Rabbinic Ethics: Sources

Source 1:

Ben Zoma, Pirkey Avot, 4:1:Who is respected? He who respects the creations.

Comment: This maxim gets codified in Jewish law. There is a rabbinic dictum: “Great is respect for creations (human dignity) for it pushes aside a negative precept of the Torah”.  What is meant, is that a) in certain cases if one must choose between violating a negative commandment and violating human dignity, it is human dignity that wins the day – at least from a Jewish legal perspective. For example, a Nazarite, generally forbidden to come into contact with a corpse, may do so in order to buried an unclaimed body, because it is considered disrespectful to the corpse to leave it unburied. Dr. Louis Jacobs sums up the mainstream legal opinion as follows: “An indirect offense, even if it is Biblical, and a Rabbinic offense, even if it is direct, may be set aside in order to safeguard human dignity.” (119 “The Talmudic Argument” by Louis Jacobs, chapter 12 ‘Gadol Kavod Habriot: the law and regard for human dignity”, pgs. 115-121, Cambridge University Press, 1984.

The concepts of “human dignity” and “Its ways are good and pleasing”, a phrase used to describe the Torah, are both used in Jewish legal jurisprudence, to legislate in ways that both increase human dignity and are good and pleasing to those who follow them. This concept has been documented extensively by Rabbi Dr. Daniel Sperber, who has brought both of those Jewish legal concepts to bear on the current debates on the roles of women and Jewish law.

Source 2: Pirkey Avot, 1: 12 and 14: 12: Hillel said: Be of the disciples of Aaron, loving peace and pursuing peace, loving your fellow creatures and bringing them close to the Torah.

Source 3: Maimonides Laws of the Murderer and Protecting Life, 1:14*

Whenever a person can save another person’s life but fails to do so, he transgresses a negative commandment, as [Lev.19:16] states: “Do not stand idly by the blood of your neighbor.” Similarly, [this commandment applies] when a person sees a colleague drowning at sea or being attacked by robbers or a wild animal, and he can save him himself or can hire others to save him.  Similarly, [it applies] when he hears others] conspiring to harm a colleague or planning a snare for him, and he does not inform him and notify him [of the danger].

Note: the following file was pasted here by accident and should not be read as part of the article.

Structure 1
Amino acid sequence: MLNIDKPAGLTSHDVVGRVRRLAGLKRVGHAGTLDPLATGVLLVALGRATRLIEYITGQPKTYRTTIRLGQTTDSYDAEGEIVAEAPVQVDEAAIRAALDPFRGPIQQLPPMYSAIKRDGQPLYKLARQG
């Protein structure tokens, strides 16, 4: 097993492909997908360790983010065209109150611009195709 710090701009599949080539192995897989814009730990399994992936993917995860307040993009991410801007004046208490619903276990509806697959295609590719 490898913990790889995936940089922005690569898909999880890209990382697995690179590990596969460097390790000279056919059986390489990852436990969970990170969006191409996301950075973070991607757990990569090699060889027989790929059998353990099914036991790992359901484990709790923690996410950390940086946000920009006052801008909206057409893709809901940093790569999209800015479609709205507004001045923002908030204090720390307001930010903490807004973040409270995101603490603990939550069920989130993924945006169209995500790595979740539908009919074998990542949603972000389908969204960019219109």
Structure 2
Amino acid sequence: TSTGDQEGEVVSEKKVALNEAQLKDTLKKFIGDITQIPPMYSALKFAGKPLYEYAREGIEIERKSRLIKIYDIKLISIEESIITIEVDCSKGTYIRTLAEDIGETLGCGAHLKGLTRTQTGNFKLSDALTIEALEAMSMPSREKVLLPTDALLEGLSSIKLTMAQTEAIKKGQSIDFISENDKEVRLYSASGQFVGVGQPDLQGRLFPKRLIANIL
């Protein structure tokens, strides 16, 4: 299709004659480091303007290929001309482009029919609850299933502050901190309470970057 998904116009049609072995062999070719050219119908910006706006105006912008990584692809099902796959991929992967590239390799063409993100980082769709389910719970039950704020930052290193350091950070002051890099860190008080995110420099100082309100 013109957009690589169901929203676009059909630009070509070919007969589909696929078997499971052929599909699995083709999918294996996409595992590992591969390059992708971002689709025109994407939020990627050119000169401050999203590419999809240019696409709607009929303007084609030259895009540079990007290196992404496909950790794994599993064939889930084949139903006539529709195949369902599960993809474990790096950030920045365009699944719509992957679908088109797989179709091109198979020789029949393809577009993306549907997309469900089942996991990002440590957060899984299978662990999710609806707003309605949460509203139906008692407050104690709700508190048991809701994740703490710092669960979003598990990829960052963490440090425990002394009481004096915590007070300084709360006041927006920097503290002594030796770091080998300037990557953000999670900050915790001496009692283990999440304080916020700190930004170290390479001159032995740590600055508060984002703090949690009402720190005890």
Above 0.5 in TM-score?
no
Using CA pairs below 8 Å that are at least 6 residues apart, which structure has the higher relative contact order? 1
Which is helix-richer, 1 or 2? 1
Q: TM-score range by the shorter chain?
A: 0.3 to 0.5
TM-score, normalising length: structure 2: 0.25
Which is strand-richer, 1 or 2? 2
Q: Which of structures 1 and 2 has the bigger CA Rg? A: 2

Comment: Note how the Biblical source of a previous lesson – Leviticus 19:16 – now gets recycled, finding its way into rabbinic law. There is an expression in Leviticu Rabbah, cited by Rabbi Walter Wurtzberger: “The commandments were given only to ennoble creatures”. In keeping with this maxim, Judaism does not see something like visiting the sick or giving charity as merely “a nice thing to do” or an ethical imperative – realizing that humans often find it difficult to translate their general moral feelings into specific, concrete actions, it codified interpersonal relationships as well: Not to give charity is not merely a violation of Jewish ethics, but of Jewish law as well.

 

Thus, Maimonides, in his Code of Jewish Law, has an entire section devoted to the laws of charity. The laws of charity were also codified in a later compendium of Jewish Law, the Shulkhan Aruch, which based much of its content on Maimonides:

 

Shulhan Aruch Yoreh Deah 249:1

The amount for giving charity is: if one can afford, he should give what the poor needs. If he cannot afford, he should give up to 1/5 of his possessions as an ideal amount. 1/10 is considered a middle approach, less than that is a “bad eye.” And this 1/5 means 1/5 from the total net worth one year, and 1/5 from all subsequent income. Ramo: You don’t

give more than 1/5 such that you should not become dependant on others yourself. This only applies to as long as you’re alive, but as one dies, one may give as much as he wants. And one does not give from his ma’aser for any other commandment such as candles to the synagogue or other commandments, rather it should only be given to poor people.

 

(This source was first introduced to me by a lesson by Rabbi Joshua Yuter, on Jewish law and taxes. The full lesson is available here: http://joshyuter.com/wp-content/uploads/2011/03/Economics-and-Social-Justice-in-Jewish-Law-Part-5.pdf

 

Here is a link to Rabbi Yuter’s homepage: http://joshyuter.com/)

Advertisements

Leave a Reply

Fill in your details below or click an icon to log in:

WordPress.com Logo

You are commenting using your WordPress.com account. Log Out /  Change )

Google+ photo

You are commenting using your Google+ account. Log Out /  Change )

Twitter picture

You are commenting using your Twitter account. Log Out /  Change )

Facebook photo

You are commenting using your Facebook account. Log Out /  Change )

w

Connecting to %s


%d bloggers like this: